Jamie T’s second album in two years is a punk, rap, pop and hardcore tour de force
London Camden Underworld
A noise that might well be what Rock 'N' Roll has been waiting for...
"Nicotine, Valium, Vicodin marijuana, Ecstasy and alcohol", snarls singer-stroke-axe-hero Josh Homme even before he's said hello. The guitar screeches to a halt like a drag racer on oil, spins on its wheels. "C-c-c-c-cocaine". Crash. This is 'Feel Good Hit Of The Summer', and it's the sound of Queens Of The Stone Age laying their cards, morals and probably contents of their pockets on the table. So you'd probably need to catch Big Bird on his day off in Sesame Street's seedier environs to find another song so stupidly simplistic - so what? Never mind that they have the nonchalance to start their set with it, or that the lifestyle, should you be looking for one, comes attached like a monster truck trailer - it just sounds, oh, way cool.
As a term, stoner-rock sounds slightly quaint - something that happens in the summer vacation while the straight world discusses Watergate and oil prices over a 7Up. Truth is, QOTSA make a huge splash in the genre pool, a jolt of modernist electricity through an increasingly greenish, wormy artform. When you consider what's bolting rock together at the moment - the petulant want-a-puppy-and-girlfriend apocalypse of Korn, the sheet-over-head trick-or-treating of Slipknot, Limp Bizkit's resistible corporate attitude - this is a band jumping with autonomous life.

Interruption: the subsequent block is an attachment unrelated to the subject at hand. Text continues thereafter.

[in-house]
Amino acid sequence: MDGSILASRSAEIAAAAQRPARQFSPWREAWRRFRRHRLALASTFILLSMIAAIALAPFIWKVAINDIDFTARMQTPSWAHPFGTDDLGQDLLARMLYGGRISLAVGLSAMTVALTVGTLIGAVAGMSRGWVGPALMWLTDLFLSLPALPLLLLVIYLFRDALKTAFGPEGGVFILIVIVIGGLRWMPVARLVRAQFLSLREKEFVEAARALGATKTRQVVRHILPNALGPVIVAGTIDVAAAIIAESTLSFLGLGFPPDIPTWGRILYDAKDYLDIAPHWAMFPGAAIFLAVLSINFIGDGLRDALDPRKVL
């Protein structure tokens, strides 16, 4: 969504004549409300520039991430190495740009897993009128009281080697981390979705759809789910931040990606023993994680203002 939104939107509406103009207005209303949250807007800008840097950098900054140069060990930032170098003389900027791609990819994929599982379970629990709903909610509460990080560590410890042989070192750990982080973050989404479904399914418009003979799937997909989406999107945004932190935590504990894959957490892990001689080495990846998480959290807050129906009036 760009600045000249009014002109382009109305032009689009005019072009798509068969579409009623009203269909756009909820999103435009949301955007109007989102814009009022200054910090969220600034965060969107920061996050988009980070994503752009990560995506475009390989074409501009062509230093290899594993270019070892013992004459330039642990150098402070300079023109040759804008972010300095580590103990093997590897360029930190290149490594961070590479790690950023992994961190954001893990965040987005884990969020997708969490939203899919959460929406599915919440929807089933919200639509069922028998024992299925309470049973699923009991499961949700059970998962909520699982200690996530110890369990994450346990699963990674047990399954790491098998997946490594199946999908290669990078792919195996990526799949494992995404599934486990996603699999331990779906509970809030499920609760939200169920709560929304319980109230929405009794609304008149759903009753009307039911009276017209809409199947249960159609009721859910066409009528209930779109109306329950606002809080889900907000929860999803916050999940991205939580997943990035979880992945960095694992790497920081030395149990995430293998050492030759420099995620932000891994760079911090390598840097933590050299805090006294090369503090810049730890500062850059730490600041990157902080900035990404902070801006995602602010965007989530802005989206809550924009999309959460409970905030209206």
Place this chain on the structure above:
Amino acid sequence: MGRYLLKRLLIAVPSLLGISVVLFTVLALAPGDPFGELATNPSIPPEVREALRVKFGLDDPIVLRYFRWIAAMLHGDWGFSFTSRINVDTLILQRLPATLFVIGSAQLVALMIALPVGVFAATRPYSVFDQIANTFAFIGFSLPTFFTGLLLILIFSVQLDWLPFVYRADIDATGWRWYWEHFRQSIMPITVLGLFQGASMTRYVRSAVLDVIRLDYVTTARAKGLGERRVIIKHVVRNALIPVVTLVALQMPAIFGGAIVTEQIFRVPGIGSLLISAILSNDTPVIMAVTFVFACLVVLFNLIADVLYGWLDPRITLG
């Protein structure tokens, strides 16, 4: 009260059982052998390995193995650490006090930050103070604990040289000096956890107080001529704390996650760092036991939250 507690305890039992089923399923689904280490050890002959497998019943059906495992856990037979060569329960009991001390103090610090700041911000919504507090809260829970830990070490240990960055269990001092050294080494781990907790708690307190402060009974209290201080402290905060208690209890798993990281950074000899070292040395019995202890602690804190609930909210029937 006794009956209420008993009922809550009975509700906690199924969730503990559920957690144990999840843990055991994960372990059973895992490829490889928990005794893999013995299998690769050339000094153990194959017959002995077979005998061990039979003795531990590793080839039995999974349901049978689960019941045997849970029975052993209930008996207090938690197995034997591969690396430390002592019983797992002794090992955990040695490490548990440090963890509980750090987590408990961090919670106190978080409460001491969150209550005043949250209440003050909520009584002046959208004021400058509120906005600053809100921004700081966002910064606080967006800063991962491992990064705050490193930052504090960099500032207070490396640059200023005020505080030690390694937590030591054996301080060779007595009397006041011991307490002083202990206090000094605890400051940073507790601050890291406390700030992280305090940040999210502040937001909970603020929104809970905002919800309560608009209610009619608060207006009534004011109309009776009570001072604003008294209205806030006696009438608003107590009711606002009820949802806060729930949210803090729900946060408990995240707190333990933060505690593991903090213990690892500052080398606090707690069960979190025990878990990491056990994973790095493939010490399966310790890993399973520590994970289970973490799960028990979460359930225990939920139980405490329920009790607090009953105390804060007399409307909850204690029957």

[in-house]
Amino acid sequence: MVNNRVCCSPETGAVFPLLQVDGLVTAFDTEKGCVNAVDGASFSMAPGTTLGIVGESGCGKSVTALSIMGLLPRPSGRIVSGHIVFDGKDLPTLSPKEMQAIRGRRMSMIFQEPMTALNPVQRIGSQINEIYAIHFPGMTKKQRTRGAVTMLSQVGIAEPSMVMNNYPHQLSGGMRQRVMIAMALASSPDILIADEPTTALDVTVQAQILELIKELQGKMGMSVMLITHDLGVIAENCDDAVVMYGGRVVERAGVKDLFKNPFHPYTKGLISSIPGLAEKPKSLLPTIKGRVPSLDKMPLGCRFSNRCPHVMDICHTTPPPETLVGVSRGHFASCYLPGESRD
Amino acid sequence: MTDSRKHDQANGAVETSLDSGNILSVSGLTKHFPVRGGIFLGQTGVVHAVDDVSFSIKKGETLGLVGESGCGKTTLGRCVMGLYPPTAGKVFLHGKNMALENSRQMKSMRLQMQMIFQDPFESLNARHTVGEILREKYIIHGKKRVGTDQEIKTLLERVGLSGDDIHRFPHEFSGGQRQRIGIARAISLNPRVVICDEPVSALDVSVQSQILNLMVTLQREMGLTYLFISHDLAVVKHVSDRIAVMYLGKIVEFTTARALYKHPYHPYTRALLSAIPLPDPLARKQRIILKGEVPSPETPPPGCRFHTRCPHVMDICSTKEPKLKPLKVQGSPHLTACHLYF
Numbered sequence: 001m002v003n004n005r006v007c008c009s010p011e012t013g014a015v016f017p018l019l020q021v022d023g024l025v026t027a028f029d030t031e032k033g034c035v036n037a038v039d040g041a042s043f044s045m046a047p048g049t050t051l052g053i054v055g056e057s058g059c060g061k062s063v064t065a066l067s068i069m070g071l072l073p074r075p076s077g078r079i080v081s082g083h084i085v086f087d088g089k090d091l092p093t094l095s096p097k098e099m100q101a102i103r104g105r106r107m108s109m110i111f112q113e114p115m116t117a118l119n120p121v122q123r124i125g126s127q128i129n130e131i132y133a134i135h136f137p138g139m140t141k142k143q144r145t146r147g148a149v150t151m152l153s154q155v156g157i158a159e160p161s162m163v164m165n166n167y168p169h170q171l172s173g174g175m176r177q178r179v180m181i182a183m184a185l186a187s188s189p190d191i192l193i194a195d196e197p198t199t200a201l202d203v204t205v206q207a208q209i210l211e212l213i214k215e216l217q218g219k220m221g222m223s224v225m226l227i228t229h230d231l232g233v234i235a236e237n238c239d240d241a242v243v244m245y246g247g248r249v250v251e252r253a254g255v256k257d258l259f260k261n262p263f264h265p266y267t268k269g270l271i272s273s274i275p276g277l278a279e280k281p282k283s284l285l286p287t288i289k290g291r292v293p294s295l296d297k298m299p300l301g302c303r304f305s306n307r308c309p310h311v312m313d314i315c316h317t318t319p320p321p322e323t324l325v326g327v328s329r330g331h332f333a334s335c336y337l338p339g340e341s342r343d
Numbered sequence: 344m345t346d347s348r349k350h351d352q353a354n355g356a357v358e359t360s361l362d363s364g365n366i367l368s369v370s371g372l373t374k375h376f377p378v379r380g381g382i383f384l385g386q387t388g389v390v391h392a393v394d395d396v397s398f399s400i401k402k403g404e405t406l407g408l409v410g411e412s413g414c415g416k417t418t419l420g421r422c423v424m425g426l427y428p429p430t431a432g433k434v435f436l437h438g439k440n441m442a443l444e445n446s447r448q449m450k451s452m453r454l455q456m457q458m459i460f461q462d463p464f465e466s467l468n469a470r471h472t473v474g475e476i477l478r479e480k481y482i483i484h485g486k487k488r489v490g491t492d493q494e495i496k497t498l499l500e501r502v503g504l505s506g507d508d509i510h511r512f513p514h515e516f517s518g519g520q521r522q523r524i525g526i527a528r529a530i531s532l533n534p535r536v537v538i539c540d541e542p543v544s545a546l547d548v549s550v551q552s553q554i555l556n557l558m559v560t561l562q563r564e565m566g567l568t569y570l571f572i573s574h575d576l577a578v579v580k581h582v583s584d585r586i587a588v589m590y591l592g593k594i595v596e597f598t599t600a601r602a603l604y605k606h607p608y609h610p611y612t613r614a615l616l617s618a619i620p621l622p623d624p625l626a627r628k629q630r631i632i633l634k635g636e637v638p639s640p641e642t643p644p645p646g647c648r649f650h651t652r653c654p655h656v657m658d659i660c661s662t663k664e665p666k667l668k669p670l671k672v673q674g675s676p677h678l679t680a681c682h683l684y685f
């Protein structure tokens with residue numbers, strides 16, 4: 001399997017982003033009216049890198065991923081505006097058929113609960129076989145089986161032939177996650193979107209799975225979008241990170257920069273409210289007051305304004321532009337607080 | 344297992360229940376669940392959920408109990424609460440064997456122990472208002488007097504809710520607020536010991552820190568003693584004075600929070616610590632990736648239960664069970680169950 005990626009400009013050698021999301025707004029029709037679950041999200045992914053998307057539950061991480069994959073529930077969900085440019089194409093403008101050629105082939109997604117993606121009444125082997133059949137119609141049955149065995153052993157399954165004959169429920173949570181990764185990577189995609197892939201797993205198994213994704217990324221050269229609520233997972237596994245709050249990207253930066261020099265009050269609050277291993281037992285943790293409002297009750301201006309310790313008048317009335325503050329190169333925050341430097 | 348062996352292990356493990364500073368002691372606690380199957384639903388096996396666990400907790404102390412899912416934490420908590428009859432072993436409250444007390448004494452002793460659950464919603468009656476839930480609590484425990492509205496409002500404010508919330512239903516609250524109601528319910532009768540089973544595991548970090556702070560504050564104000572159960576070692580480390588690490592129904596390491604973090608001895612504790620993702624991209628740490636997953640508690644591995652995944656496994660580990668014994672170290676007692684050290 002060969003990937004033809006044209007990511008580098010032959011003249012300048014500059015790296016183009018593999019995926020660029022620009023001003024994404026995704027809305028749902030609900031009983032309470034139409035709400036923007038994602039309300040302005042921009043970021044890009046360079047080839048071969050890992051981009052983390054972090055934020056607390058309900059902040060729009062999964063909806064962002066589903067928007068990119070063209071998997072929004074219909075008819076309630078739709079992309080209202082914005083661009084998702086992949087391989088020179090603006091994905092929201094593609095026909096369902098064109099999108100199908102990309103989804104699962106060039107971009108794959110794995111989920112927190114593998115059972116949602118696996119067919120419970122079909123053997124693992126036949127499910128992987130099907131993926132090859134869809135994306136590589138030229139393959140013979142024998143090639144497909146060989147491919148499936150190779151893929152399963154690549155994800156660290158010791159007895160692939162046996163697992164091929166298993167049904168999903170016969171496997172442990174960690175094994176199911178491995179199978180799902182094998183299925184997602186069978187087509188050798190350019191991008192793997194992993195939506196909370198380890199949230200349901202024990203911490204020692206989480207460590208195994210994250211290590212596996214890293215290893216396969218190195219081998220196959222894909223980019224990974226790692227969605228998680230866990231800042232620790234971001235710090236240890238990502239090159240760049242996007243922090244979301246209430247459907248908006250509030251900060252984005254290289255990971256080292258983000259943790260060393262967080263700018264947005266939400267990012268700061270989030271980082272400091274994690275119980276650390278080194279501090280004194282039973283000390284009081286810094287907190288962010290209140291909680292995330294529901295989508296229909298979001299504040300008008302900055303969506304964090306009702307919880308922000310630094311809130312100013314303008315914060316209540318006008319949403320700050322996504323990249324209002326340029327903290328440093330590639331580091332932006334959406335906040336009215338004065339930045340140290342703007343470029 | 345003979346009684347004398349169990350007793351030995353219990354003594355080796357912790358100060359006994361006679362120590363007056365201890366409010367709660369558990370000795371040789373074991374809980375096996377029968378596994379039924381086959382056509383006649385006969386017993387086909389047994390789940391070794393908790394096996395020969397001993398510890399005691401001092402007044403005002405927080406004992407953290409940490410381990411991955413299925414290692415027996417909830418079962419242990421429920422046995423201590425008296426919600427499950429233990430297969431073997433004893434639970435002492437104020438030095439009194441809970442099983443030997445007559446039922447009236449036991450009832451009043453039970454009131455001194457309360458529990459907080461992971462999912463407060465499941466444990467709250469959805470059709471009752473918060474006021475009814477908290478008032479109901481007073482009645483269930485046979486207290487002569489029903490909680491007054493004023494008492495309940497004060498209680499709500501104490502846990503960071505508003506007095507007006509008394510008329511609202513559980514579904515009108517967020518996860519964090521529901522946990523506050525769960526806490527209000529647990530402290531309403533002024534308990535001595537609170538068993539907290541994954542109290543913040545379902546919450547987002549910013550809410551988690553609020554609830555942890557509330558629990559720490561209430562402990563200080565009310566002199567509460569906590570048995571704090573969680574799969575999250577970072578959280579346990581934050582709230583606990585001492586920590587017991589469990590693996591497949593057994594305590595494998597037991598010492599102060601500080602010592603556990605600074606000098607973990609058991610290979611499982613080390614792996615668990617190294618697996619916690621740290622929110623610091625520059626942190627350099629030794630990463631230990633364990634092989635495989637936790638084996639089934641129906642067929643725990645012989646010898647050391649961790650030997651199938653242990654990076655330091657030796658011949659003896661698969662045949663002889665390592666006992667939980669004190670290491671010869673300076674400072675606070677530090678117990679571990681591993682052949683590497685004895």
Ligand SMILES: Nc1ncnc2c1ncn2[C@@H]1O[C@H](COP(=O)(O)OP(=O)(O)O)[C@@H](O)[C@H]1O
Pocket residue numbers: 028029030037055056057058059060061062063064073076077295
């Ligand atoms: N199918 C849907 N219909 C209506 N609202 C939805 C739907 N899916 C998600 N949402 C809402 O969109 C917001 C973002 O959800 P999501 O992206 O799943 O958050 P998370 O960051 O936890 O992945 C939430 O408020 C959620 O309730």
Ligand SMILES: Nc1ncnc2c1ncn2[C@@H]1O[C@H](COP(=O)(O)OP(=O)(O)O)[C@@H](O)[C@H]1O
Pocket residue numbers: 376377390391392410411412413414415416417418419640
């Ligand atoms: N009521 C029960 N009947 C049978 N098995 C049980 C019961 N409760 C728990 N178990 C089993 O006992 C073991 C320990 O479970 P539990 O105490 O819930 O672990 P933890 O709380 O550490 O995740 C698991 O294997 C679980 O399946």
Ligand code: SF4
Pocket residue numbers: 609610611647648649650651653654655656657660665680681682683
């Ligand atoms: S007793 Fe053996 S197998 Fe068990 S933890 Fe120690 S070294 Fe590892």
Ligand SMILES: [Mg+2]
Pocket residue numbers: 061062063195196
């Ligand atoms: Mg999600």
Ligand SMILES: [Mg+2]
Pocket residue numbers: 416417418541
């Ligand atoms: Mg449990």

They have the history, Homme's Kyuss connections giving them patriarchal potency and legend to spare. They have the look - with killer snarl and thousand yard stare, Homme looks like a defective model from the Presley House Of Wax awaiting meltdown, the griddle-scarred short-order cook with an alien implant in his head, while bassist and former Dwarf Nick Oliveri plays the house freak with forked beard and vein-straining energy. And of course - and this swings it like a wrecking ball - they have the sound.
For all the pharmaceutical bluster, the essential heaviness, Queens Of The Stone Age are nowhere near as remedially rockist as you might suspect. These aren't just lunk-headed boys burning holes in the furniture as they doze off during Planet Of The Apes - this is adult stuff, touched with depth and quality and subtlety and other words that'll probably have them firestarting in fields just to make up for it. Sure, the fact that Homme can introduce a song with, "This is about two weeks in a Mexican jail," provides enough exotically vicarious thrills to send you through the week with desert sand in your hair.
Sure, they have all the medical-grade adrenalin you could desire. Yet Homme's hands flicker over increasingly outlandish mantras, and at moments, they're positively soulful. 'The Lost Art Of Keeping A Secret', bass hammering like a sunstroke headache, is a bleached-out paranoia blues, while the frenetic falsetto panic of 'Monsters In The Parasol' is the neurosis with the mostest. Of course, by the time Oliveri appears naked for a heat-sensitive encore of 'Eccentric Man', we're firmly back on the wrong side of the tracks, yet like a 'fun' fake tattoo that dyes your skin forever, Queens Of The Stone Age make rock thrills that stick.
Hope for abandon, all ye who enter here. They won't let you down.
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